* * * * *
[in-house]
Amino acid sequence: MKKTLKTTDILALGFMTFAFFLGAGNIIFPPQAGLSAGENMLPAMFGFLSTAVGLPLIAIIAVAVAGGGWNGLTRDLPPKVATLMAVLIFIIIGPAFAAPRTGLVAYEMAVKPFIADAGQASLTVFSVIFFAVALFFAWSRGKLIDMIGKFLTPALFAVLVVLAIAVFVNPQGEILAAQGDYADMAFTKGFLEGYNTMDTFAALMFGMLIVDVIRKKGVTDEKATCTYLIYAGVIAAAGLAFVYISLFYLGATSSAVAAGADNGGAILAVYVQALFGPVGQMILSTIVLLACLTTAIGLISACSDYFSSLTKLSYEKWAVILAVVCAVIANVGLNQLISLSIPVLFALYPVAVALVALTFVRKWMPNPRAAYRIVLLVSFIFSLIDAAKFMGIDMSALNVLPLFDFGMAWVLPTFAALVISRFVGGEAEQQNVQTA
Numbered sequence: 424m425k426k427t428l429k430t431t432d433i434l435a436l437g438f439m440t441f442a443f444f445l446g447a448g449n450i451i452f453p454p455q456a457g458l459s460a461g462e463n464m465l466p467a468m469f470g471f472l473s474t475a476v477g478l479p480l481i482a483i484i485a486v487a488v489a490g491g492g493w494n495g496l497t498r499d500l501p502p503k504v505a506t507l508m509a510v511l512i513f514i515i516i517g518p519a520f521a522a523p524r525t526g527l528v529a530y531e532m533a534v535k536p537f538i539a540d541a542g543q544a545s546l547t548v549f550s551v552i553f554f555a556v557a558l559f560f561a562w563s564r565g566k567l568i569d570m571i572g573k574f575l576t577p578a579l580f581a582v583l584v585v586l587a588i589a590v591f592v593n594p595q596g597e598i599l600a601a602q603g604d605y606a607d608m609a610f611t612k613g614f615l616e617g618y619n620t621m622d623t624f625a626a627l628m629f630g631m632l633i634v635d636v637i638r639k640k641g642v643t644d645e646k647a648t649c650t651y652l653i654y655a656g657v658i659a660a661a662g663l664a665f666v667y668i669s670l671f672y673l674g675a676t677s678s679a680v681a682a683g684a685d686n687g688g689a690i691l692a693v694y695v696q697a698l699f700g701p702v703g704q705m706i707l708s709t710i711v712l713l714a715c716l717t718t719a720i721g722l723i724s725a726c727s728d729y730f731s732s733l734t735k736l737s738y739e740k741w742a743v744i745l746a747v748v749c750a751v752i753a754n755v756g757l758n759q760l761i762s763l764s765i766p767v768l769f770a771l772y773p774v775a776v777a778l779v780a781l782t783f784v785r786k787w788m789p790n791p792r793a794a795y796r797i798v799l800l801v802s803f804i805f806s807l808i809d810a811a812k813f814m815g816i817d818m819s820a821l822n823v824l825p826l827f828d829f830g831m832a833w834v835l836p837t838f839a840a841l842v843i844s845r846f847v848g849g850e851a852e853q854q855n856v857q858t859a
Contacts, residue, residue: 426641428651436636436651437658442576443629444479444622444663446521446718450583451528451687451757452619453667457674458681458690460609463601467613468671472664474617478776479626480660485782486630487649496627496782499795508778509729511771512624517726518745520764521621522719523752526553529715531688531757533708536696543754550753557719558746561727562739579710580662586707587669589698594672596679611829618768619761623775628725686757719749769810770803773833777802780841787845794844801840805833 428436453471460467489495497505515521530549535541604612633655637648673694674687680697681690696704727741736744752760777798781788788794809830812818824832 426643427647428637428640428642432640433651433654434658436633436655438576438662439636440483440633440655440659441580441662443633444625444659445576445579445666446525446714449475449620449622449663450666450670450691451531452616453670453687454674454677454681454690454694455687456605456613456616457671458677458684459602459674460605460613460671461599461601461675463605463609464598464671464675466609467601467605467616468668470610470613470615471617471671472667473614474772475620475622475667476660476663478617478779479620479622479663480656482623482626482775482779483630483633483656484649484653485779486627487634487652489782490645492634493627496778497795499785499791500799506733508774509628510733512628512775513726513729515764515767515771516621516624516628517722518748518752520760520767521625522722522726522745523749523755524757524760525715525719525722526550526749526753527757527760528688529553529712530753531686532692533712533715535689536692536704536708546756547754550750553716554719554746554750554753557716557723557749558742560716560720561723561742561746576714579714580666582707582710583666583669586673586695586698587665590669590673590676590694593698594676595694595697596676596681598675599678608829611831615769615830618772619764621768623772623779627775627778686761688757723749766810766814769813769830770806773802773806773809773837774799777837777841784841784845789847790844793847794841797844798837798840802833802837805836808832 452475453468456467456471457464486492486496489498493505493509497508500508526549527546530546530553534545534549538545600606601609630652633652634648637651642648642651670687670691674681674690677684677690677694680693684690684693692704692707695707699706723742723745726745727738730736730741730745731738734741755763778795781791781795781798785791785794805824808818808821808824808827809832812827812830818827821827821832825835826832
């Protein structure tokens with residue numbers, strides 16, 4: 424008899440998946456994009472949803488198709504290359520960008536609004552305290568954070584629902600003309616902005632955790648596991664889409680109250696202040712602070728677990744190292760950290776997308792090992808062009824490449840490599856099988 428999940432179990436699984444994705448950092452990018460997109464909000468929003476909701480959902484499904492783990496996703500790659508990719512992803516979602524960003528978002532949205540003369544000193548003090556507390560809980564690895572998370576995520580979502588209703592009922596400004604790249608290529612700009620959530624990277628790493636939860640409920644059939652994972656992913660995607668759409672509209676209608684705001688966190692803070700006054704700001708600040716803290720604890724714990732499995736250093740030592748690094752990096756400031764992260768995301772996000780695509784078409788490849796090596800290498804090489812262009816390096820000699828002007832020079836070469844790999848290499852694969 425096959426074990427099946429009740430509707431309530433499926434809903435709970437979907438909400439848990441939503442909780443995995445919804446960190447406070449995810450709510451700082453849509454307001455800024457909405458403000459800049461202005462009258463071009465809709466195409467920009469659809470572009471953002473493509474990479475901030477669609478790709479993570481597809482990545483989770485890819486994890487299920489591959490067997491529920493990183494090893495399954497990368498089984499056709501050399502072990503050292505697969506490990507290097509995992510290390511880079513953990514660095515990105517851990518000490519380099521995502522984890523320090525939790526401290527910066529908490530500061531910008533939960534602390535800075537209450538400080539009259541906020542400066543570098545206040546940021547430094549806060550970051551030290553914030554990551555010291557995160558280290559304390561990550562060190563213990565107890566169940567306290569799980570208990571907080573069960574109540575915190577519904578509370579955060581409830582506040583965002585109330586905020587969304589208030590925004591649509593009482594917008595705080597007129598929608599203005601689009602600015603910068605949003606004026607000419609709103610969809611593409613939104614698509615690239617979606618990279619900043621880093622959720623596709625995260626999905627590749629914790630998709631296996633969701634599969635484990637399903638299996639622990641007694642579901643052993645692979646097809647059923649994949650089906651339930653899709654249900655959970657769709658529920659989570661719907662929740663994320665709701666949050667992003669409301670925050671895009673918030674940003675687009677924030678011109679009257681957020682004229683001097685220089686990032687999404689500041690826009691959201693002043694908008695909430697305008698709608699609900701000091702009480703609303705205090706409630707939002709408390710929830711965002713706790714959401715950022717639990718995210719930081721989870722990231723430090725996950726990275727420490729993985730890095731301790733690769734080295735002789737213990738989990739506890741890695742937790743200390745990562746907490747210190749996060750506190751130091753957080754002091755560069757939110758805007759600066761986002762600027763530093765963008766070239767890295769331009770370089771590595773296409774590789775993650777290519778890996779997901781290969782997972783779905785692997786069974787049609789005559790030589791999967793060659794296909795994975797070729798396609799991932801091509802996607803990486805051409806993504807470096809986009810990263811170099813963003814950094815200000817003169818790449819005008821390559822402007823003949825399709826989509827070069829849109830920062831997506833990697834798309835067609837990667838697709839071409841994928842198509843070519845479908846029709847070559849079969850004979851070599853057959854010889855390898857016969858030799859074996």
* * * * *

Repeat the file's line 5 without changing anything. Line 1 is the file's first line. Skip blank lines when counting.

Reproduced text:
């Protein structure tokens with residue numbers, strides 16, 4: 424008899440998946456994009472949803488198709504290359520960008536609004552305290568954070584629902600003309616902005632955790648596991664889409680109250696202040712602070728677990744190292760950290776997308792090992808062009824490449840490599856099988 428999940432179990436699984444994705448950092452990018460997109464909000468929003476909701480959902484499904492783990496996703500790659508990719512992803516979602524960003528978002532949205540003369544000193548003090556507390560809980564690895572998370576995520580979502588209703592009922596400004604790249608290529612700009620959530624990277628790493636939860640409920644059939652994972656992913660995607668759409672509209676209608684705001688966190692803070700006054704700001708600040716803290720604890724714990732499995736250093740030592748690094752990096756400031764992260768995301772996000780695509784078409788490849796090596800290498804090489812262009816390096820000699828002007832020079836070469844790999848290499852694969 425096959426074990427099946429009740430509707431309530433499926434809903435709970437979907438909400439848990441939503442909780443995995445919804446960190447406070449995810450709510451700082453849509454307001455800024457909405458403000459800049461202005462009258463071009465809709466195409467920009469659809470572009471953002473493509474990479475901030477669609478790709479993570481597809482990545483989770485890819486994890487299920489591959490067997491529920493990183494090893495399954497990368498089984499056709501050399502072990503050292505697969506490990507290097509995992510290390511880079513953990514660095515990105517851990518000490519380099521995502522984890523320090525939790526401290527910066529908490530500061531910008533939960534602390535800075537209450538400080539009259541906020542400066543570098545206040546940021547430094549806060550970051551030290553914030554990551555010291557995160558280290559304390561990550562060190563213990565107890566169940567306290569799980570208990571907080573069960574109540575915190577519904578509370579955060581409830582506040583965002585109330586905020587969304589208030590925004591649509593009482594917008595705080597007129598929608599203005601689009602600015603910068605949003606004026607000419609709103610969809611593409613939104614698509615690239617979606618990279619900043621880093622959720623596709625995260626999905627590749629914790630998709631296996633969701634599969635484990637399903638299996639622990641007694642579901643052993645692979646097809647059923649994949650089906651339930653899709654249900655959970657769709658529920659989570661719907662929740663994320665709701666949050667992003669409301670925050671895009673918030674940003675687009677924030678011109679009257681957020682004229683001097685220089686990032687999404689500041690826009691959201693002043694908008695909430697305008698709608699609900701000091702009480703609303705205090706409630707939002709408390710929830711965002713706790714959401715950022717639990718995210719930081721989870722990231723430090725996950726990275727420490729993985730890095731301790733690769734080295735002789737213990738989990739506890741890695742937790743200390745990562746907490747210190749996060750506190751130091753957080754002091755560069757939110758805007759600066761986002762600027763530093765963008766070239767890295769331009770370089771590595773296409774590789775993650777290519778890996779997901781290969782997972783779905785692997786069974787049609789005559790030589791999967793060659794296909795994975797070729798396609799991932801091509802996607803990486805051409806993504807470096809986009810990263811170099813963003814950094815200000817003169818790449819005008821390559822402007823003949825399709826989509827070069829849109830920062831997506833990697834798309835067609837990667838697709839071409841994928842198509843070519845479908846029709847070559849079969850004979851070599853057959854010889855390898857016969858030799859074996």